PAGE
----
The federal government is spending billions of dollars on getting consumers to purchase electric vehicles. Automobile manufacturers are constructing new plants and searching the globe for raw resources.
The electric vehicle revolution is almost here, but it is being hampered by a basic issue: the chargers used to refill these vehicles still take anything from 15 minutes to 12 hours. This aspect turns off many would-be EV buyers, but MIT researchers believe they have found a solution.
Professor of Materials Chemistry Donald Sadoway of MIT (Massachusetts Institute of Technology) and co-authors from Peking University, Yunnan University, Wuhan University of Technology, University of Louisville, University of Waterloo, and Argonne National Laboratory claim to have discovered a less expensive alternative to expensive lithium-ion batteries in a paper they published.
“I wanted to invent something that was better, much better, than lithium-ion batteries for small-scale stationary storage, and ultimately for automotive [uses],” Sadoway admitted.
Sadoway turned to aluminum to find a reliable replacement for volatile lithium.
The cheapest nonmetal available, sulfur, was subsequently selected by the MIT scientist to serve as the battery’s secondary electrode. Sadoway employed an electrolyte made of molten salt to move ions between the two locations. Although the battery’s design focuses on affordability and easily accessible resources, Sadoway lists several other advantages.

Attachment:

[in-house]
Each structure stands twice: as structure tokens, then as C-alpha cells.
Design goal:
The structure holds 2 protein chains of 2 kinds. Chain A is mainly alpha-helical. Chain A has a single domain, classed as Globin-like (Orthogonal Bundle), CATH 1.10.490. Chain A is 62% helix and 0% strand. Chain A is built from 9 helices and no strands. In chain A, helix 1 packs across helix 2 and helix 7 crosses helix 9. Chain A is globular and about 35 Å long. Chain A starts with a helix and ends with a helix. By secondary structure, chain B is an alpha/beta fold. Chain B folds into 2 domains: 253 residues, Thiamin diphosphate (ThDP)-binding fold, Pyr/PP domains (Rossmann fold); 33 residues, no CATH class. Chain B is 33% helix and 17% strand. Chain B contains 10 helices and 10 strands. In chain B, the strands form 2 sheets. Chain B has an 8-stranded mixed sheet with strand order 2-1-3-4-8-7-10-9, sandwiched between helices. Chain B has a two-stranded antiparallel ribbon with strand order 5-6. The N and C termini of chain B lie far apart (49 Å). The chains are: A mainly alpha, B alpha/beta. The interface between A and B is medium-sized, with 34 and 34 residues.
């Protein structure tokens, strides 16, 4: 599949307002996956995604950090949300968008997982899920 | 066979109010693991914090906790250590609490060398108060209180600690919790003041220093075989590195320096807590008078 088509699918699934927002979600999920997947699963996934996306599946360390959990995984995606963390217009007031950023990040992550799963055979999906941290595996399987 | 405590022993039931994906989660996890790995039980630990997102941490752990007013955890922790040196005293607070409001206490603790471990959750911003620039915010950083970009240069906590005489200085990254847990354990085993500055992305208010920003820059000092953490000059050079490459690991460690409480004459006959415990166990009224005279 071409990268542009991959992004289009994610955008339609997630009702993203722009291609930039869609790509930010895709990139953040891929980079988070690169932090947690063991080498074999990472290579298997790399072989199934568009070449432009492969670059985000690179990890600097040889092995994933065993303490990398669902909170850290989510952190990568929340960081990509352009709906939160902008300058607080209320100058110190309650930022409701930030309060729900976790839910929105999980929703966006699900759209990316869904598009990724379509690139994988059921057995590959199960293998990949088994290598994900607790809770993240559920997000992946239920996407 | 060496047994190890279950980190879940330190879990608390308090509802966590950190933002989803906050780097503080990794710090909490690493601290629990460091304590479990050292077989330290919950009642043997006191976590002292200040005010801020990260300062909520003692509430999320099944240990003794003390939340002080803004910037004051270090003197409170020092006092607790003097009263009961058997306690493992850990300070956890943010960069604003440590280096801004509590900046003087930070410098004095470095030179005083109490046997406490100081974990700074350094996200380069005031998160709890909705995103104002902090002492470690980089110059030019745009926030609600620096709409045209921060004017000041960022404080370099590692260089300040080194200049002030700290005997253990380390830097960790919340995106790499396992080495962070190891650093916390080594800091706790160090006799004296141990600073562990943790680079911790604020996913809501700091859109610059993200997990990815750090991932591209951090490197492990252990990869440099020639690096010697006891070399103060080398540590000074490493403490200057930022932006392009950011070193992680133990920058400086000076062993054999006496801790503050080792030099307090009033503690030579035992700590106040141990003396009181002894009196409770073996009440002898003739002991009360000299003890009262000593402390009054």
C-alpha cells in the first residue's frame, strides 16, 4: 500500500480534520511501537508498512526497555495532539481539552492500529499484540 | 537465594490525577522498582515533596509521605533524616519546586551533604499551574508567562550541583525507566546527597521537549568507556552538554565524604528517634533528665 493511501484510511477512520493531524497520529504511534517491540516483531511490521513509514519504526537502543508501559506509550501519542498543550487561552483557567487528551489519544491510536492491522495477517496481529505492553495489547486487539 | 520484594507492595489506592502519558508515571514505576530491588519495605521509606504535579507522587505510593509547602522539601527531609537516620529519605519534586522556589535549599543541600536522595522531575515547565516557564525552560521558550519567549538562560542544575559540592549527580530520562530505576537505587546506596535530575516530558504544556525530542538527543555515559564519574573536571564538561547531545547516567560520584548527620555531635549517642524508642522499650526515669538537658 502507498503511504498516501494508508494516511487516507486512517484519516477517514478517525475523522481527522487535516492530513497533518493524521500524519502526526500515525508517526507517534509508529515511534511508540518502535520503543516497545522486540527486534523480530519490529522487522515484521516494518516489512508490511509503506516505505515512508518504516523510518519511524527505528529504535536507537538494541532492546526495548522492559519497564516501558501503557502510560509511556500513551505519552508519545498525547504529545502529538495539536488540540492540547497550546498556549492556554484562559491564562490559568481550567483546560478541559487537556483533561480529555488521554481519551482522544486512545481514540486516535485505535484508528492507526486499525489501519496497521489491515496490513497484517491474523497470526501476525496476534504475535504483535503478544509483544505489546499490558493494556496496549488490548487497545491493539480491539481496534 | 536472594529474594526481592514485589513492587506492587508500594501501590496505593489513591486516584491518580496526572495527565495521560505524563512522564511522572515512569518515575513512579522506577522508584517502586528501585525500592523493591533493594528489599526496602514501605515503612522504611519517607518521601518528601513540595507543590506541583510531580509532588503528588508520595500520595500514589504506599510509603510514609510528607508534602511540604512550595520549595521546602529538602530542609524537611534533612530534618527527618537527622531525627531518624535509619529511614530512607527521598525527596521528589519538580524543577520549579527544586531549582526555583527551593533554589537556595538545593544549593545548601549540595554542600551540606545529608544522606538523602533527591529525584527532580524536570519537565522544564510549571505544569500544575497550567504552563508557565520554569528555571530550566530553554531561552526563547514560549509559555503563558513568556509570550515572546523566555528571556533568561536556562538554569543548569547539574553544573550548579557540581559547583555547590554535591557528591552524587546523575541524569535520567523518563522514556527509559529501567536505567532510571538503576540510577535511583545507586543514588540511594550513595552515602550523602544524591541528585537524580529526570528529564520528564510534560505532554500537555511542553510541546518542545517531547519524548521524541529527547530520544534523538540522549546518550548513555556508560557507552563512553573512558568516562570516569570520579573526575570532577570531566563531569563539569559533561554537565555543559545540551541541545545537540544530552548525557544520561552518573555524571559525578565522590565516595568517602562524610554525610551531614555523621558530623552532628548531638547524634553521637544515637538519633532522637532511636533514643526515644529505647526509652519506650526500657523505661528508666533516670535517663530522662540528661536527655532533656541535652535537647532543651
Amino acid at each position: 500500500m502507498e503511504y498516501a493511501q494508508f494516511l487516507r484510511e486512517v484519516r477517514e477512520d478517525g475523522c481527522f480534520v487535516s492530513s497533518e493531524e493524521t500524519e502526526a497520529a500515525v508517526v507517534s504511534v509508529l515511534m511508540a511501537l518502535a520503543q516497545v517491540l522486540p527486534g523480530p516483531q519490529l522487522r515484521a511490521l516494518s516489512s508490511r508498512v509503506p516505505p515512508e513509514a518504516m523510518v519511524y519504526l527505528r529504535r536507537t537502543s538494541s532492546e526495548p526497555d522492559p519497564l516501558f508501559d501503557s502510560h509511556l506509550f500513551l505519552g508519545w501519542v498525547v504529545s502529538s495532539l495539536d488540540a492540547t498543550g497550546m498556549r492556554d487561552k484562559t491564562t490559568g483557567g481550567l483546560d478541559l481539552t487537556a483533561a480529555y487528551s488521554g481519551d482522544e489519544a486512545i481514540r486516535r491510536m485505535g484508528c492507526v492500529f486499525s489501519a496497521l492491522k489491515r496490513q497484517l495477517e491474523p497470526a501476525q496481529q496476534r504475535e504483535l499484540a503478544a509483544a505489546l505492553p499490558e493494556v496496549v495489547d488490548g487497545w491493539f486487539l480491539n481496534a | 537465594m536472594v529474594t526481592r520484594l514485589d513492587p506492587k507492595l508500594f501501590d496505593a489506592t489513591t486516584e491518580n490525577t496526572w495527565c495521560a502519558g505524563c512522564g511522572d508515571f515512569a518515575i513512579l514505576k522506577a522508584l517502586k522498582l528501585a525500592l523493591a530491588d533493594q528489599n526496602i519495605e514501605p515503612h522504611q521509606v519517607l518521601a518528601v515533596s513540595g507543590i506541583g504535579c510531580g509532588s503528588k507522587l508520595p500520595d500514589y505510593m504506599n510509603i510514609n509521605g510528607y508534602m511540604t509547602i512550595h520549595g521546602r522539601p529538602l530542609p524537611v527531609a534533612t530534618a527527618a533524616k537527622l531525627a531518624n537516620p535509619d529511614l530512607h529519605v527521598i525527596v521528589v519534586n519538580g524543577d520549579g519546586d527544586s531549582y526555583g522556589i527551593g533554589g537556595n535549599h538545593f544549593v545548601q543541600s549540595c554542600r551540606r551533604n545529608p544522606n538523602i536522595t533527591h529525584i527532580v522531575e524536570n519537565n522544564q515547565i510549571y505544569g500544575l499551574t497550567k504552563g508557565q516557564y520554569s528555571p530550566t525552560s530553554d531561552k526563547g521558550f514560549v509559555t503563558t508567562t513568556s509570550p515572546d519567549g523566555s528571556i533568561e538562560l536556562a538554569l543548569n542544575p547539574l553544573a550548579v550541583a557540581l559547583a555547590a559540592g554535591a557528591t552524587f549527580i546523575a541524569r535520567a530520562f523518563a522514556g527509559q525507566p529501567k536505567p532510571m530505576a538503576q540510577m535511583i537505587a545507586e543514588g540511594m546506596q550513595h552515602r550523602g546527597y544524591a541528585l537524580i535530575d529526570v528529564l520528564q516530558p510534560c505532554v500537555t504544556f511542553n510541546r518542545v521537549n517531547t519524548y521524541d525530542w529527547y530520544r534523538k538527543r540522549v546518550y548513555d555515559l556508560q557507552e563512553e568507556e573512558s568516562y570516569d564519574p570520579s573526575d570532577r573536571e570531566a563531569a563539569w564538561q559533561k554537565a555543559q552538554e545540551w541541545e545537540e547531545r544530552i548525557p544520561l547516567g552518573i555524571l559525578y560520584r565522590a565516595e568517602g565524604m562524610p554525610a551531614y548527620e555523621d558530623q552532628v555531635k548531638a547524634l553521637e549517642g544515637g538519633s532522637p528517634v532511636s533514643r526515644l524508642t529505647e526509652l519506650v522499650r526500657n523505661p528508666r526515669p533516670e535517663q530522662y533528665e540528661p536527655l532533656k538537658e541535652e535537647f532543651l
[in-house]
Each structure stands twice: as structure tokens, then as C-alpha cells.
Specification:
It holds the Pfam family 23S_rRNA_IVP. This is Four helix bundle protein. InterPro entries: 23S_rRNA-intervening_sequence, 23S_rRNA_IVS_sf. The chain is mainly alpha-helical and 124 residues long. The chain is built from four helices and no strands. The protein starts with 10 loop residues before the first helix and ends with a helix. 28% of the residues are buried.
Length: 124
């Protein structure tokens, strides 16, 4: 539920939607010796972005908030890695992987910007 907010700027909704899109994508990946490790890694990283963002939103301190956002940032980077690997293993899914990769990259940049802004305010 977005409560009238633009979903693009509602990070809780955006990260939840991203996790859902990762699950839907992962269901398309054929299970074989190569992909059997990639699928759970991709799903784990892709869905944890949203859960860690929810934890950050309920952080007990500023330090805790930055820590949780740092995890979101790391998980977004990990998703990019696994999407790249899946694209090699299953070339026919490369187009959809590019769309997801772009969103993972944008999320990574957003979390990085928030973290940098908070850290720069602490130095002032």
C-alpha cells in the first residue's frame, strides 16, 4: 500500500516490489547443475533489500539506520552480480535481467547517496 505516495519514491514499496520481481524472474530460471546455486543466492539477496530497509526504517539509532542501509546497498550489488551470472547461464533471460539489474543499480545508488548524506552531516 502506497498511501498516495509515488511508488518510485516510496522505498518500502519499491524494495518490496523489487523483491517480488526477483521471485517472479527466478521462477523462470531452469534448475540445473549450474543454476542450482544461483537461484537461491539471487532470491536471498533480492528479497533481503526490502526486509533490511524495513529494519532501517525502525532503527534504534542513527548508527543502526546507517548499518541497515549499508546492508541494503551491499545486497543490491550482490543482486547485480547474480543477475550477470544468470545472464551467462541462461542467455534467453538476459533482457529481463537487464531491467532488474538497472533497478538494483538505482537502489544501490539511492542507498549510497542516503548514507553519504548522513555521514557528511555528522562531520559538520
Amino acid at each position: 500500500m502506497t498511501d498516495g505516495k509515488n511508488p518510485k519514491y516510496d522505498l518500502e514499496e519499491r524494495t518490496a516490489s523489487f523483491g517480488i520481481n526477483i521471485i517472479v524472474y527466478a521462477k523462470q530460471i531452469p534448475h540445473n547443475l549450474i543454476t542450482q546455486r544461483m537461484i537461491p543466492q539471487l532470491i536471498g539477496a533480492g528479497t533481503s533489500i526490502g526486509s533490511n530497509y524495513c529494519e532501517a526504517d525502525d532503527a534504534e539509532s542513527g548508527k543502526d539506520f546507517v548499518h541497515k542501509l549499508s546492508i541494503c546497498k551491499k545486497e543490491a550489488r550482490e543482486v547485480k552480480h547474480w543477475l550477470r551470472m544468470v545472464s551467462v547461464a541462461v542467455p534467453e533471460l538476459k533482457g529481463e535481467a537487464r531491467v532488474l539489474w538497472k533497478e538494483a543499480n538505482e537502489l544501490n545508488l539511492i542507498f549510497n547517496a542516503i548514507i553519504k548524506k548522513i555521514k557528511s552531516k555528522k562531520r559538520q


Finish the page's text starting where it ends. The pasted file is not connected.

“The ingredients are cheap, and the thing is safe—it cannot burn,” proclaimed Sadoway.
However, the aluminum-sulfur battery still produces heat. Studies show that at 110 degrees Celsius (230 degrees Fahrenheit), the device charged 25 times more quickly than it did at 25 degrees Celsius (77 F).
In addition, the battery generates heat during both the charging and discharging processes. This keeps the salt solution from freezing and enables it to operate at the proper temperature.
Moreover, the dissolution of accumulating metal dendrites by molten salt electrolytes might eventually lead to shortages. Even though this reliable, inexpensive battery isn’t utilized in cars right now, Sadoway thinks it will soon help shorten charging times. When deployed at charging stations, the battery technology may store energy before quickly releasing it to customers, cutting down on wait times.
We expect the new technology will hasten the adoption of electric motorcycles in the future if the testing is successful.